“Indeed, the African Union and SADC have developed sophisticated policy frameworks and strategies to deal with democracy promotion and threats to security, such as African Peace Security Architecture (APSA), the African Governance Architecture (AGA) and Strategic Indicative Plan for the Organ (SIPO),” noted Prof. Nieuwkerk.

He highlighted the relative peace that SADC enjoys in comparison with the rest of the continent, but cautioned that peace must be more than the absence of war. In his words, “Positive peace must include justice for all”.

Furthermore, the fourth panelist, Mr. Gilead Teri, Program Lead for Tanzania Investment Climate, World Bank Group in Tanzania, said that in order to enable the private sector to fulfil its integration role, four key aspects need to be addressed: Infrastructure, Skills/Quality of Employment, Finance, and Fairness.

“There is an infrastructure gap between $450 and $500 billion, our quality of labour in the region is also significantly low at three to five percent, and there is also not enough domestic revenues to finance our development projects. Competitively in terms of commerce, there is no fairness between partners within the region,” he highlighted.

Mr. Teri counseled that in order for the region to fund its development projects and provide credit and soft loans for businesses, it must move away from relying heavily on Foreign Direct Investment, improve domestic saving mechanisms as well as the quality of labour to match the demand of the private sector.

Also present, Hon. Netumo Nandi-Ndaitwah, the Deputy Prime Minister and Minister for International Relations and Cooperation of Namibia, said in polite yet firm tone that the time has come for us to tell one another the reality if we are to address the problems our people are facing in the SADC region.

“We must be realistic to what we have done and not yet done, because if we do not accept where we are weak, we will not be able to address our problems,”said Hon. Nandi-Ndaitwah, who was once stationed in Dar es Salaam for six years during Namibia’s independence struggle in the 1980’s.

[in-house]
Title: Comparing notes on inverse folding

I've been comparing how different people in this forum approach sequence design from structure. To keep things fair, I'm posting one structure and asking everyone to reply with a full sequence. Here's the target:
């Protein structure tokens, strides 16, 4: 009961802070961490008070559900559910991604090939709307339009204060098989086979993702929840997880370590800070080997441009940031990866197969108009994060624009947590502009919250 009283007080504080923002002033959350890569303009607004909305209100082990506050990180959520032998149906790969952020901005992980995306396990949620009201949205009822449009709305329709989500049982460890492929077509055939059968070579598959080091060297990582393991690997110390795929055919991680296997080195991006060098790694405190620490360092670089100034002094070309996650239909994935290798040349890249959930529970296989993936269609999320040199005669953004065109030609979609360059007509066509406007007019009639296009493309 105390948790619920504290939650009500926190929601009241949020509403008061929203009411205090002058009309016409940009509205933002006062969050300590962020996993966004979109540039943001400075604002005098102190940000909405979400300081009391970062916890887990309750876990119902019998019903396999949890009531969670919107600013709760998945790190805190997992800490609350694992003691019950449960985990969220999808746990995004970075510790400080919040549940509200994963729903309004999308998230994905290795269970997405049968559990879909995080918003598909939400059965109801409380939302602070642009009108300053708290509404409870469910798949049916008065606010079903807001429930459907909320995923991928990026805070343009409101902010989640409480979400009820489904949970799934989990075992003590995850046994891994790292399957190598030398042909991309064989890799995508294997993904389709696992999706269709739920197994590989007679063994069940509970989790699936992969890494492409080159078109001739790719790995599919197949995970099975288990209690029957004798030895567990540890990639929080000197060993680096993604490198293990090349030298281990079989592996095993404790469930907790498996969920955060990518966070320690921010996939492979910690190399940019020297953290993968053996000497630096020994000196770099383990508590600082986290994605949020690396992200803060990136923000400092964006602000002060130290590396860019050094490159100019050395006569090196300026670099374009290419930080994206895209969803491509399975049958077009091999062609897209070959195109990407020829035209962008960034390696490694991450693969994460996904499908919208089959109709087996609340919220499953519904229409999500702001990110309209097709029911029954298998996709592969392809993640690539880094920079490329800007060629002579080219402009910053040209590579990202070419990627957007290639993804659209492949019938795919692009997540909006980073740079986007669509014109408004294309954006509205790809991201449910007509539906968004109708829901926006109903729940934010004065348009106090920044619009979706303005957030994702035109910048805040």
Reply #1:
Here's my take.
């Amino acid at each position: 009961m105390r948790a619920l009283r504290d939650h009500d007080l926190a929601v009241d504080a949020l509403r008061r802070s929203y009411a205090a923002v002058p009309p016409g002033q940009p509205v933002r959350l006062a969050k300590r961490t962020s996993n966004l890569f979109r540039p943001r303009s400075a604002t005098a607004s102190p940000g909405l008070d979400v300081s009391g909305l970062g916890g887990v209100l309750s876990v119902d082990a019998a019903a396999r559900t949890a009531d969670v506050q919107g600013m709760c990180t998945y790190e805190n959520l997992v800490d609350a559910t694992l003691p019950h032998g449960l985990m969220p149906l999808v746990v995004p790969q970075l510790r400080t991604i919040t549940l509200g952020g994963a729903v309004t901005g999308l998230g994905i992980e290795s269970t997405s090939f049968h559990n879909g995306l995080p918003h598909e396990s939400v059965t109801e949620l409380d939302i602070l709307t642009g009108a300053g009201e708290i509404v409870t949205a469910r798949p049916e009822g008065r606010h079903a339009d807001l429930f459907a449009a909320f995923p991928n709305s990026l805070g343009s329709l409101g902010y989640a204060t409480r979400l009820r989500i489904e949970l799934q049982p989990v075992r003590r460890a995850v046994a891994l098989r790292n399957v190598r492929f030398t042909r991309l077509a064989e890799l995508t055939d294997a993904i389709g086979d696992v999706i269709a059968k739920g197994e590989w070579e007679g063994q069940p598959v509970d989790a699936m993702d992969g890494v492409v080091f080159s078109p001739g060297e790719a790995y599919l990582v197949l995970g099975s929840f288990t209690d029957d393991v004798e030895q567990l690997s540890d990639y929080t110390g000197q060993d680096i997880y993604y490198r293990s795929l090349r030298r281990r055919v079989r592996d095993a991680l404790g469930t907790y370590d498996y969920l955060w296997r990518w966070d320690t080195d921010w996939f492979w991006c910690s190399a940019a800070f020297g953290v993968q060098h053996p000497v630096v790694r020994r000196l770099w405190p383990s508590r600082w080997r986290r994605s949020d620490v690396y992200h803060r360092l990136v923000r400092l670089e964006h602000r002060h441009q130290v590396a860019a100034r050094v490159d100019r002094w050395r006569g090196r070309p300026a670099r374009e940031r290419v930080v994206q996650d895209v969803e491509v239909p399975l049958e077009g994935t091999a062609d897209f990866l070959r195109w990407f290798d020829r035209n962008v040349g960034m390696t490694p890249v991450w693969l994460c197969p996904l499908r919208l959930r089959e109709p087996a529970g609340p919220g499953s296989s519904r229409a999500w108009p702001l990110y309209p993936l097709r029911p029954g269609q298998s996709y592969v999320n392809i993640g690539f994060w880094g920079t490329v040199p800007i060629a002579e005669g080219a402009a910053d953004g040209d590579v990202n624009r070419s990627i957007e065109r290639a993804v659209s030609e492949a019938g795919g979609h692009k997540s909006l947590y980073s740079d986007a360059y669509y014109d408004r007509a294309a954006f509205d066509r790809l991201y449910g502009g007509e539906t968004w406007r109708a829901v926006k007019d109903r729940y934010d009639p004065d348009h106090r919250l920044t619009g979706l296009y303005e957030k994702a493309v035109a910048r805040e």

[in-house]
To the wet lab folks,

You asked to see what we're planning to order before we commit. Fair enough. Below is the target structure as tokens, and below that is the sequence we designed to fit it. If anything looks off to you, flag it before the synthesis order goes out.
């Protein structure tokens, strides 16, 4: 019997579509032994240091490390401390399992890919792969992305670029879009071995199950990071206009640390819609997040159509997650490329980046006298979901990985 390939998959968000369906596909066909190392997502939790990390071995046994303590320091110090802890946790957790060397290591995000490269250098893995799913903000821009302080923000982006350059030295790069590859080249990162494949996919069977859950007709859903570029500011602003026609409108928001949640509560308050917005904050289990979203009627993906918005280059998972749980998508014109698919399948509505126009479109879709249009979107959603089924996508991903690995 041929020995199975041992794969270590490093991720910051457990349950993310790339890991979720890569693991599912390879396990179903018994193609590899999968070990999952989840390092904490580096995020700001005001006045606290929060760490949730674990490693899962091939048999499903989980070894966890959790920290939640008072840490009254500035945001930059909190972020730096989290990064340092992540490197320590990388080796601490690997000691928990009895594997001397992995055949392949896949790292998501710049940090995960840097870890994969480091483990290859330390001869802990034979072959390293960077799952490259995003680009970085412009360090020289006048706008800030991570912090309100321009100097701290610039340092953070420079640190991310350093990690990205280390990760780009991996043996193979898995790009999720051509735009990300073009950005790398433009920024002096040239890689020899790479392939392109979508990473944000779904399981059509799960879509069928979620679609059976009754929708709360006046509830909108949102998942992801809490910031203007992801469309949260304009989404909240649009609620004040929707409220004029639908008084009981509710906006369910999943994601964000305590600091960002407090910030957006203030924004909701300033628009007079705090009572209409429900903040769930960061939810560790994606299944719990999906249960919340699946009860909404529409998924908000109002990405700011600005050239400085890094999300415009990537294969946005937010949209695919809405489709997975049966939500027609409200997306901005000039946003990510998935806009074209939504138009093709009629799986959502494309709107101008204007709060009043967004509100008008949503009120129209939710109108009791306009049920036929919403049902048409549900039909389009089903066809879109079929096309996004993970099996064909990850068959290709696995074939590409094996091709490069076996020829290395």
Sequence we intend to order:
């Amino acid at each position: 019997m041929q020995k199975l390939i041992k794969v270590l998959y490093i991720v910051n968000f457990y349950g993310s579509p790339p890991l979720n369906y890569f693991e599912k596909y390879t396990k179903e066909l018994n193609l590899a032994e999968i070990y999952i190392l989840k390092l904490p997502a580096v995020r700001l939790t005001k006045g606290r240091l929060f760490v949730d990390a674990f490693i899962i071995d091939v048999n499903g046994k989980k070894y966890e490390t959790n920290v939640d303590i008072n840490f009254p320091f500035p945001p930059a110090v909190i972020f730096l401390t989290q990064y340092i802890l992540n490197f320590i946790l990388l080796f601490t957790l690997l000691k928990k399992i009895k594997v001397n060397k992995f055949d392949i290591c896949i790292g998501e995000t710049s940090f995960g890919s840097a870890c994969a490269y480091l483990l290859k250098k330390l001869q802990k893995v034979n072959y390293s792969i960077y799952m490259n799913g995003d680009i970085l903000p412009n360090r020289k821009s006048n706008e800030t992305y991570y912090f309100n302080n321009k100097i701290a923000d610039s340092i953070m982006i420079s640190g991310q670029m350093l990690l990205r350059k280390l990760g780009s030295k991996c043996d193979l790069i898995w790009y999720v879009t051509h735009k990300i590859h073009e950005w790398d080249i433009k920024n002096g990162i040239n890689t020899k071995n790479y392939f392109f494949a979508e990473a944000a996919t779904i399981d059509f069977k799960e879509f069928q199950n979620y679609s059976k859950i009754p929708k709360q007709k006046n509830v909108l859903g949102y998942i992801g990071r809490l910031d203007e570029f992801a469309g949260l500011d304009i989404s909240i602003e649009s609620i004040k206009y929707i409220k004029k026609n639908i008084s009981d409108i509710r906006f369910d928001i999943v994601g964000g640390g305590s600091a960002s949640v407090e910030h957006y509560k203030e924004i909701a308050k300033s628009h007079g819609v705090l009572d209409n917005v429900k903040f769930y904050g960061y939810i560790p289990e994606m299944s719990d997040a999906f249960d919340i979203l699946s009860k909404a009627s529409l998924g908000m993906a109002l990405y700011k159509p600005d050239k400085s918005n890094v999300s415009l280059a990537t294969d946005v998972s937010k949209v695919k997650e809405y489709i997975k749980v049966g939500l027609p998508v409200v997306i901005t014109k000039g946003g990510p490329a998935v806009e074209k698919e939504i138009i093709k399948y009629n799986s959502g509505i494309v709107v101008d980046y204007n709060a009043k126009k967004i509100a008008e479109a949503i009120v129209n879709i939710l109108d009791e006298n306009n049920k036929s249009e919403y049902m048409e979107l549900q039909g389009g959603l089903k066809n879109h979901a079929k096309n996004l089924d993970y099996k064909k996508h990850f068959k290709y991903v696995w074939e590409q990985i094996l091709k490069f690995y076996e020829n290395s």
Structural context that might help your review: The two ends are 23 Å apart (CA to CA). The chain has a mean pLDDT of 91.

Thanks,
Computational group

Hon. Nandi-Ndaitwah concurred with former President Mkapa’s sentiments on reemergence of nationalism and integration. She therefore encouraged the reevaluation of the value chain in the SADC region in order to have balanced development for fairness and betterment of all members.

Sharing his contribution from the floor, Hon. Dr. Augustine Mahiga, Tanzanian Minister for Justice and Constitutional Affairs, said that it is important to synchronise the various regional organisations in Africa (such as SADC, East African Community, Economic Community of West African StatesandCommon Market for Eastern and Southern Africa) so as to bring out the best of collective efforts put into integration.

Hon. Mahiga also gave emphasis on consistent political will, a people’s-based integration, and a need of a political body such as parliament, where people can participate, challenge and hold leaders accountable as means towards achieving the objectives of SADC.

Meanwhile, H.E. Dr. Stergomena Tax, Executive Secretary for SADC, called upon all regional stakeholders to rededicate their efforts to SADC and to the ideals of its founding fathers.

“Together we can facilitate SADC integration, unity and shared values for the prosperity and lasting peace for the region,” she concluded.